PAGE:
So I'm chugging along in this book and realize that I actually think it is far easier to read than The Windup Girl was. I've caught myself not noticing how far I've actually read in one sitting. So far I also like the story. This author gives very vivid descriptions that still manage to not bog down the story. He makes his images very clear but doesn't take away from the actual book by going on and on about them. The only thing that is confusing me is the pronouns used for the aeai. I don't know how to pronounce "yt" in my head as I read and it just doesn't seem right when I attempt to. I'm starting to just read it as "it". Nonetheless this book is keeping my attention in ways that The Windup Girl simply could not.

Question. How far are we reading for next week's class? I assume halfway which is around 300 pages, but I wanted to see what everyone else thinks.

Monday, October 25, 2010

Closer to an awesome robot future

I thought I would share with you all a few more finds from the internet (courtesy of StumbleUpon, of course). As you may remember (from my very first blog post) I have a love of the giant robot. I'm not talking about the Iron Giant so much as things like the Mechs from the BattleTech universe, Voltron, Gigantor, Zords from Power Rangers, Gundams, etc. I really dig giant fighting robots that people pilot/control. Here are a couple of links to a Japanese site where they are making my dreams come true:

This one makes the Power Wheels, bikes and go-carts you lusted after as a kid look like a joke

And this one puts us one step closer to having the giant, fighting, bad-ass machines we all want to see on the front lines (really, if we have to keep going to war with things, this is how I want it to go down).

So what do you all think? Are awesome robots like these the way of the future, or just a cool bump on the way there?

Team Edward or Team Wharblgarblbrains?

I had this stray thought while I was eating lunch and figured I might as well post it. We've read two stories that feature zombies or vampires as an important setting characteristic. It hit me that there isn't a huge distinction that can be made between these two groups. Zombies are walking dead things that have a hunger for flesh while vampires are walking dead things that have a thirst for blood. So, why is there a distinction? It seems to me that vampires are just zombies with brilliant PR. I can't find a separable trait that makes a vampire not a zombie...except, maybe, that I've never seen a traditional zombie sparkle*. Long story short: Vampires and zombies-do you see them as being different enough to warrant a distinction?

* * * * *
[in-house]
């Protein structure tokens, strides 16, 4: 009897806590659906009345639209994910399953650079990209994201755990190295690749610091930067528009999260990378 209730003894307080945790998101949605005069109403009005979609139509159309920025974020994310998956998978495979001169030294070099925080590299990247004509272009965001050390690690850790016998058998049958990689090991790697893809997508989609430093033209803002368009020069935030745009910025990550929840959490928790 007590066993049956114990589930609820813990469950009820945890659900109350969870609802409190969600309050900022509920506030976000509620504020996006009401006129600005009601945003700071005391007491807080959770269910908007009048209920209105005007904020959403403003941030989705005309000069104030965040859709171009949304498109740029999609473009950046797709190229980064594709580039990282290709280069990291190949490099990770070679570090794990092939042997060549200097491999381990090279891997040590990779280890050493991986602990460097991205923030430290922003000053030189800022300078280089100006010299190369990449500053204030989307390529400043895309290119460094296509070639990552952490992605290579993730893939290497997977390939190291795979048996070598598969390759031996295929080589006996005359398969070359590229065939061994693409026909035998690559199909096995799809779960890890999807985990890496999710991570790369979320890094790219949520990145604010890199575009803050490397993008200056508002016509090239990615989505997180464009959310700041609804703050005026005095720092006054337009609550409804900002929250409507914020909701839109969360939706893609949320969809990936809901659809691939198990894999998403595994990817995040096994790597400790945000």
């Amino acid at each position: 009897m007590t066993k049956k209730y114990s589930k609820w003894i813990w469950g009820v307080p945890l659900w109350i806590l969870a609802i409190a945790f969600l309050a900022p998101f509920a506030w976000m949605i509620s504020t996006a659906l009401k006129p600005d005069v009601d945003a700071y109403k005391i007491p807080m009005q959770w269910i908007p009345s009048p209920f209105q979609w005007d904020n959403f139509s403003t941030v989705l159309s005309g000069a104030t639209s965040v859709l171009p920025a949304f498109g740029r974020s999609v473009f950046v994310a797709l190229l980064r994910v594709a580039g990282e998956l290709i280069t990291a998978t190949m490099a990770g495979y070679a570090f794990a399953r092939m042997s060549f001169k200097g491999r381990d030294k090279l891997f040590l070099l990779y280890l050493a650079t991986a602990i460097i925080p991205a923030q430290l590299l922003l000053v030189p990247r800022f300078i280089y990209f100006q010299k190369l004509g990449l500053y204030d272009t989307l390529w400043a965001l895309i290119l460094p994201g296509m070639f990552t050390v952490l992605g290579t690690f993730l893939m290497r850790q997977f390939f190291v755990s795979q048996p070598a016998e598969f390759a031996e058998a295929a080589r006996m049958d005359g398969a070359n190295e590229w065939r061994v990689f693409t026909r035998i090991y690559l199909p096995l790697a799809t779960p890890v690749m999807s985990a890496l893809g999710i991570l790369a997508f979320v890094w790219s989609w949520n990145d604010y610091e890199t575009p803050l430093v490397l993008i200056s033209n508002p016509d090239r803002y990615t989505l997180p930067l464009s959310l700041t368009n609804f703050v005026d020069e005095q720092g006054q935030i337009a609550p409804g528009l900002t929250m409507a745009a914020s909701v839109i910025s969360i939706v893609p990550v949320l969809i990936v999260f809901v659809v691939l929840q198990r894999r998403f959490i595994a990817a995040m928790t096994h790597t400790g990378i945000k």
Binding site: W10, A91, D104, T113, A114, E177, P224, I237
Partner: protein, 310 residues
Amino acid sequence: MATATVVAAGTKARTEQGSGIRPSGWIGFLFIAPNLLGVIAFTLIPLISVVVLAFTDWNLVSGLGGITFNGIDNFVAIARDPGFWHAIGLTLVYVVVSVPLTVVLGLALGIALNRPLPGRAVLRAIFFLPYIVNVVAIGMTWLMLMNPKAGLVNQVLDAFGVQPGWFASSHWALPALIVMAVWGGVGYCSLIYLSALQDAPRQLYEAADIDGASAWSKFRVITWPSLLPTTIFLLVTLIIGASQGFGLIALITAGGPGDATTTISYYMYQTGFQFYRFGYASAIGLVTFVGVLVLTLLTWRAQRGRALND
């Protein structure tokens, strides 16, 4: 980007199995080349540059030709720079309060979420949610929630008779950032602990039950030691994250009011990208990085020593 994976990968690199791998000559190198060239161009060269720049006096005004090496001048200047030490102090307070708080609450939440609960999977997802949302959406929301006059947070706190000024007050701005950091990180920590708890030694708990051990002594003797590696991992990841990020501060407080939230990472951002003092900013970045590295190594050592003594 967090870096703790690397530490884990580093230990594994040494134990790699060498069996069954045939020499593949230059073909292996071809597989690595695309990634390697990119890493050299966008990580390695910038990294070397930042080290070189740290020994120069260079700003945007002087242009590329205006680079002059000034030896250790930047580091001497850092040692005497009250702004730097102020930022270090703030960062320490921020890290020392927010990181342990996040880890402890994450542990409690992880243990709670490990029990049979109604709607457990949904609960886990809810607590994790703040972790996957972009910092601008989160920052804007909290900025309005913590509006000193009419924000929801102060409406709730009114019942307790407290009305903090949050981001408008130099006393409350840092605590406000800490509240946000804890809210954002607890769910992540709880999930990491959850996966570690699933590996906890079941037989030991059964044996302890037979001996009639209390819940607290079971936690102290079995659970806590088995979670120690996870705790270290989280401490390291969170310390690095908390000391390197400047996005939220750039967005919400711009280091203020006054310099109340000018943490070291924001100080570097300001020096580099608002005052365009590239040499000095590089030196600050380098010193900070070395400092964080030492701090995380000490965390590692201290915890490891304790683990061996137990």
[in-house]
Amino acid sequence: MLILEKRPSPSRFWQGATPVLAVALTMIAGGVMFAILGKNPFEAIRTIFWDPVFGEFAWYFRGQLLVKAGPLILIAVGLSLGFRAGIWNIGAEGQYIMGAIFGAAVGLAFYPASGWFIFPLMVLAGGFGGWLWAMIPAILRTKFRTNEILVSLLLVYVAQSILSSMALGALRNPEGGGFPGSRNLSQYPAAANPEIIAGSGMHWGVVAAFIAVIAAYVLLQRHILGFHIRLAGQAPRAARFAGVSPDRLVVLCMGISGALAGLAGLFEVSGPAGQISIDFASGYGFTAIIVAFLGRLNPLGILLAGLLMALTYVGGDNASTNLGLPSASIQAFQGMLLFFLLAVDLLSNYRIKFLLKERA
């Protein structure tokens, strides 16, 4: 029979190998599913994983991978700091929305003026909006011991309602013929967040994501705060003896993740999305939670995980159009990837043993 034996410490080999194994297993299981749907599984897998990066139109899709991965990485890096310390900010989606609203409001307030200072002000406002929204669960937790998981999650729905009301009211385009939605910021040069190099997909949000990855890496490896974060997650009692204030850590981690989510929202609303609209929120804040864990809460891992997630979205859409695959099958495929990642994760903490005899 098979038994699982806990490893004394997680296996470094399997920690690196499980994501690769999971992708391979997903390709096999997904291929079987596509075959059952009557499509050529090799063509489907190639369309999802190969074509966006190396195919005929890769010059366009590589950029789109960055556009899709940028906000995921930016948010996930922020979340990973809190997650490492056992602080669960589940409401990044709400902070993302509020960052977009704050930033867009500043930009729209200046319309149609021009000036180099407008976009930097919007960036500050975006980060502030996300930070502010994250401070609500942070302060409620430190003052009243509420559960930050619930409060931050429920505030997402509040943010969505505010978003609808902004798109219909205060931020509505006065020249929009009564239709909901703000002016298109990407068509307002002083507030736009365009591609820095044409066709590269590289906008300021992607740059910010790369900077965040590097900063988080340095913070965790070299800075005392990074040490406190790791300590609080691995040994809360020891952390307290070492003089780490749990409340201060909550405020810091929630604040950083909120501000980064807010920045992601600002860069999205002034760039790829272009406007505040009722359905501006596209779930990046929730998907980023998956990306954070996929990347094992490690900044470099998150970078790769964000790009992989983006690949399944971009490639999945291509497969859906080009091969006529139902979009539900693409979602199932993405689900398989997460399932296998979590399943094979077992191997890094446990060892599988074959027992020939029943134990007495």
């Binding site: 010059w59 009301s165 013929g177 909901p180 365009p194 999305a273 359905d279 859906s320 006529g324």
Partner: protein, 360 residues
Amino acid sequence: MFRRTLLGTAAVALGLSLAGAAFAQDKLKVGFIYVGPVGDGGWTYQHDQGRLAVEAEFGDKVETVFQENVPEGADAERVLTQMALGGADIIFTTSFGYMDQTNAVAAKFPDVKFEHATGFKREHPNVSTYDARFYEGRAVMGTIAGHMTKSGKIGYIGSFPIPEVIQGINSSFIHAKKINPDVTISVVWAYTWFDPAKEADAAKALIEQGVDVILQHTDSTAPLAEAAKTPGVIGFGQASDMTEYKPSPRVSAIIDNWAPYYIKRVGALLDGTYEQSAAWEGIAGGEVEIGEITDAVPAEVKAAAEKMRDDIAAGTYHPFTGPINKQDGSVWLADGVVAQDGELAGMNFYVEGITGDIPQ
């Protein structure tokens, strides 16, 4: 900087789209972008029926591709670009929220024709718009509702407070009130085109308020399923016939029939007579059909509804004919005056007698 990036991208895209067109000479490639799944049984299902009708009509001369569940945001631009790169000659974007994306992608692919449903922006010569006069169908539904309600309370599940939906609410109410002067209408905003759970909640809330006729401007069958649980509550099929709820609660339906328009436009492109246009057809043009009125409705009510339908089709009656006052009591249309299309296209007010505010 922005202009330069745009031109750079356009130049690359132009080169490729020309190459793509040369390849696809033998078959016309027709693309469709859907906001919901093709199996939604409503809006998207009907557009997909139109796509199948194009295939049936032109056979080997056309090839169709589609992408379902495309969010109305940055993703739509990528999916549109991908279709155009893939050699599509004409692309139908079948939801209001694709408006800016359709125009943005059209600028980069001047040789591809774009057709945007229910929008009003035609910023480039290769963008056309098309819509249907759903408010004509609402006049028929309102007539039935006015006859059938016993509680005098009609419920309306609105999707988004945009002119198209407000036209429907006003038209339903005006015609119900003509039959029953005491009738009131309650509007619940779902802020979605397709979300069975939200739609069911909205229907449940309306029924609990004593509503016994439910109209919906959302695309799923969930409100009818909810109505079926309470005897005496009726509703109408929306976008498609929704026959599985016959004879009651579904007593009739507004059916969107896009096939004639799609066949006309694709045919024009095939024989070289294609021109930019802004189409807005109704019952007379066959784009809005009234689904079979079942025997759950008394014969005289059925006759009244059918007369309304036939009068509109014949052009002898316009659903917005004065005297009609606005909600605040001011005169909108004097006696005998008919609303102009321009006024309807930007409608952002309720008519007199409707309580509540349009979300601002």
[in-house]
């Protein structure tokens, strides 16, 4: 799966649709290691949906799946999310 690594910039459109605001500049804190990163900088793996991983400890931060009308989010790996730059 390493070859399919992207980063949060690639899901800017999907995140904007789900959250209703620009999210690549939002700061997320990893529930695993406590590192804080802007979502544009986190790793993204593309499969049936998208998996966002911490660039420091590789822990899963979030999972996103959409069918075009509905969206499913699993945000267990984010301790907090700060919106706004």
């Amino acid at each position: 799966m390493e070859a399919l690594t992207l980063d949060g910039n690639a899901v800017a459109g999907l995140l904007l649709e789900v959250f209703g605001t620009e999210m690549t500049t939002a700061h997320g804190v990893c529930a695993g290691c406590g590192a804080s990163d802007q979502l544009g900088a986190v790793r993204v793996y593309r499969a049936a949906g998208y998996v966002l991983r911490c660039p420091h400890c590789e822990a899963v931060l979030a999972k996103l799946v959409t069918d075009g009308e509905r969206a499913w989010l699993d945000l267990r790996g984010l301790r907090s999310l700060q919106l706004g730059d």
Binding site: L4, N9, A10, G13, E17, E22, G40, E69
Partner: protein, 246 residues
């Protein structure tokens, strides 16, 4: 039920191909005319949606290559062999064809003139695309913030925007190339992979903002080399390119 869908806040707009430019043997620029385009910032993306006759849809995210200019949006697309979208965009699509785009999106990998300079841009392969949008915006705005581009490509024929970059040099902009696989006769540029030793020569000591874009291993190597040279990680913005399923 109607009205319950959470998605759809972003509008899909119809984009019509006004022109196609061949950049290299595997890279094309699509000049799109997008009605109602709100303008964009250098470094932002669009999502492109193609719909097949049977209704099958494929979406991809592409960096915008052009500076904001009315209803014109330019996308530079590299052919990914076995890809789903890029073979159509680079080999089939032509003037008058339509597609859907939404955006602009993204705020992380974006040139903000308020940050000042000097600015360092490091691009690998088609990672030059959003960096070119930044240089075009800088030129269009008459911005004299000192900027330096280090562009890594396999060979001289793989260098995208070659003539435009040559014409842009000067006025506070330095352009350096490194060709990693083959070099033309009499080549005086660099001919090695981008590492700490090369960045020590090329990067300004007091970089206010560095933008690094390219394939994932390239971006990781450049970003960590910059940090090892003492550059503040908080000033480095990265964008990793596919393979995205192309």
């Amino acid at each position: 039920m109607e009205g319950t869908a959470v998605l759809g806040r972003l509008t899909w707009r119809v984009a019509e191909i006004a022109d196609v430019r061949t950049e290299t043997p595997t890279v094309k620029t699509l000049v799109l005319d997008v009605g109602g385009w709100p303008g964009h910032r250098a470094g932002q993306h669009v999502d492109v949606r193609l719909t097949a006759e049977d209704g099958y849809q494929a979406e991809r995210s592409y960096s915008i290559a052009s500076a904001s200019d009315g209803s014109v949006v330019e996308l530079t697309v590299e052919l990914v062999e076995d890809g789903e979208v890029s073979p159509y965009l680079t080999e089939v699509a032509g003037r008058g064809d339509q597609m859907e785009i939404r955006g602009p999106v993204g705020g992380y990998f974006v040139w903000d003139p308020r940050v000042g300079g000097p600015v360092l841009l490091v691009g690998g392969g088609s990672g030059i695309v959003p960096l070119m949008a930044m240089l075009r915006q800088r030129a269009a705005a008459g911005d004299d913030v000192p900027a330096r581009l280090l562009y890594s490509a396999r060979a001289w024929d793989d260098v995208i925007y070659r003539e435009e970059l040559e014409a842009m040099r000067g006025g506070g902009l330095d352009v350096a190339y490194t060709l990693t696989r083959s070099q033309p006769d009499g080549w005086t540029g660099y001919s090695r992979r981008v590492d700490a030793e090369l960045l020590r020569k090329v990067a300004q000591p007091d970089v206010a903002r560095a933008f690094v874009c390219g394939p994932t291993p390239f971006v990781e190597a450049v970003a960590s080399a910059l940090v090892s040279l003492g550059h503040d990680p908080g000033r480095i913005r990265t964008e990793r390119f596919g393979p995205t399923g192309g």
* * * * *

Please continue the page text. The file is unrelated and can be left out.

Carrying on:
*Ke$ha doesn't count because, while she sometimes looks like a zombie and wharblgarbl's like a zombie and has the stage presence of a corpse, I cannot prove that she eats the flesh of the living.

Air Force Sci Fi

I was watching TV this weekend and this commercial came on of some crazy combat-military action, and then across the screen it said "THIS IS NOT SCIENCE FICTION." I thought this was pretty interesting. The Air Force is using the concept of science fiction seeming incredible and advanced to exemplify their cause. I think it's a pretty cool angle, seeing as the military always seems to be able to be the first to really use new technologies, especially with weapons technologies. And of course it caught my eye because of this class so I thought I would share it. Hope everyone did well on their papers :)